AR: I think Elena always has a plan in place. There’s always a structure in her mind and this decisiveness of what is right and what is wrong. She doesn’t have gray in her mind, she has black and white, which is usually her way and not her way. Even when I’m talking about it, I start going in the cadence of the character. [Laughs] But early on, Reese and I talked about her voice, and Reese was saying, “I think it’s very deferential to men,” when Elena’s speaking to a man.

Reese based this character obviously on a book, but also somebody she had known from back home who’d grown up in this—they had the same house that their mother had and their grandparents before them, and they had four children. I think young Elena, even though she says, “Oh, we’re going to work for The New York Times,” her plan for Paris was to not have a plan, and that’s the only time she’s never had anything planned.

It says this in the book, there’s just a right and a wrong way to do things, and I think that just dictates every single decision that she has made. It’s somebody else’s standard. It’s never even if it is her own internalized standard that she’d actually be making these decisions from, she thinks that there’s a hierarchy of rules out there somewhere and that she’s obeying them. I think that is her sort of MO from the time when she was young, which we see in her conversation with her mother, and we see in her conversations with Jamie, to when she’s older. She’s lived by these sets of rules of what you’re supposed to do. It blows up, ultimately, because she loses her daughter. I think that’s when it shreds apart, because Mia represents the absolute opposite of living by her own standards, making her own rules.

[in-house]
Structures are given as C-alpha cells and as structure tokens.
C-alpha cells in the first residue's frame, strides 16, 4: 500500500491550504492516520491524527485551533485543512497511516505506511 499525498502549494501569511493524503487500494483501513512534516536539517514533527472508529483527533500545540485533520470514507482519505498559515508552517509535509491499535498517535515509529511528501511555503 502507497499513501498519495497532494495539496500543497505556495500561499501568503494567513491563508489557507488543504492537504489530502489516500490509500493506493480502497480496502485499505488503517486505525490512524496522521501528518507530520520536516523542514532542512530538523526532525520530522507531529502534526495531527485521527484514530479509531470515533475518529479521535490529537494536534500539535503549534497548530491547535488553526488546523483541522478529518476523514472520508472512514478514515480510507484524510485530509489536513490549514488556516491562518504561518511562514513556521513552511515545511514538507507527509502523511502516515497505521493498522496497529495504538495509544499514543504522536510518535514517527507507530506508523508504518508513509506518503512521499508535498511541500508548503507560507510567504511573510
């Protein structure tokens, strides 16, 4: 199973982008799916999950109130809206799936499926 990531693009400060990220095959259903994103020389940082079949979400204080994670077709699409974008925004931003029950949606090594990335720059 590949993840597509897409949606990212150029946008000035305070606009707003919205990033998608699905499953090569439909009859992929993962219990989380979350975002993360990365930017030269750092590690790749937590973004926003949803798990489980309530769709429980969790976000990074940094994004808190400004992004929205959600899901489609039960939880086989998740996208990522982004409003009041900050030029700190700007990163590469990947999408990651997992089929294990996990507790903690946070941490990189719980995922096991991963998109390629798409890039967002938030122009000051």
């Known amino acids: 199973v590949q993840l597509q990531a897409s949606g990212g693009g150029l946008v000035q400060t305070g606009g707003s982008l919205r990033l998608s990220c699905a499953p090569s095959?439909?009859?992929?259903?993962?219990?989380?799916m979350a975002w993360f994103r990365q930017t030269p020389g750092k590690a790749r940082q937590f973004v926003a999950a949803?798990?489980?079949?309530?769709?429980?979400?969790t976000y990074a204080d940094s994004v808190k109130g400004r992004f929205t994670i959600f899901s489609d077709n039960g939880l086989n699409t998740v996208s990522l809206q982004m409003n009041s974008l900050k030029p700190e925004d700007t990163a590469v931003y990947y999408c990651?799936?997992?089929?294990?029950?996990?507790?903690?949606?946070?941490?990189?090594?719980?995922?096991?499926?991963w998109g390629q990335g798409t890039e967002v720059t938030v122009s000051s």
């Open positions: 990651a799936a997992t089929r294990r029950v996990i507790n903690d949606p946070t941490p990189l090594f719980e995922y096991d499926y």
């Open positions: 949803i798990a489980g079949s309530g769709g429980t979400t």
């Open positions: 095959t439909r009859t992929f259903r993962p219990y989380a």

Do you see any similarities between your characters in their youth and their children now?

AR: Yeah, definitely. It says this in the book, but Izzy’s supposed to be that spark that Elena suppressed. I think, having had four different children, Izzy is this sort of, like, wild side that Elena feeds on a daily basis and refuses to acknowledge, and so she started refusing her child. Obviously, the rest of the children are different reflections of their parents, but Izzy is the one whose most the younger version of Elena, the wildness.

And Lexie is definitely a prototype of young Elena to a T. I mean, there’s so much that’s problematic with Lexie’s character and her blindness to certain things and the way she uses people like Elena does, with just an insane amount of privilege. But I think the beauty in also is, I do believe that Lexie will make different decisions than her mother. My hope is that with each generation, they learn from the sins of their parents and see what is wrong, what is problematic with that certain perspective or those blind spots. They see their parents’ blind spots, and then learn from them. I think that’s something Pearl definitely does, Izzy definitely does. All of the kids. I love that they are reflections of their parents, but are maturing, hopefully, past them.

TB: I think with Pearl, it’s that thing with Mia. At the end of the day, she’s just going to do what she wants to do. Pearl keeps going to that house and keeps talking to those kids. She’s like, “This is who I am, and you’re going to have to explain to me why I shouldn’t do this.” She’s very strong-willed like Mia is. It’s so weird watching the episode, because there’s moments when I’m like, “Now I feel like I’m doing Pearl.” Which is so interesting, because I also think that Lexi Underwood, who plays Pearl, picked up some of Kerry’s mannerisms as well and wanted you to be able to see her mom in her.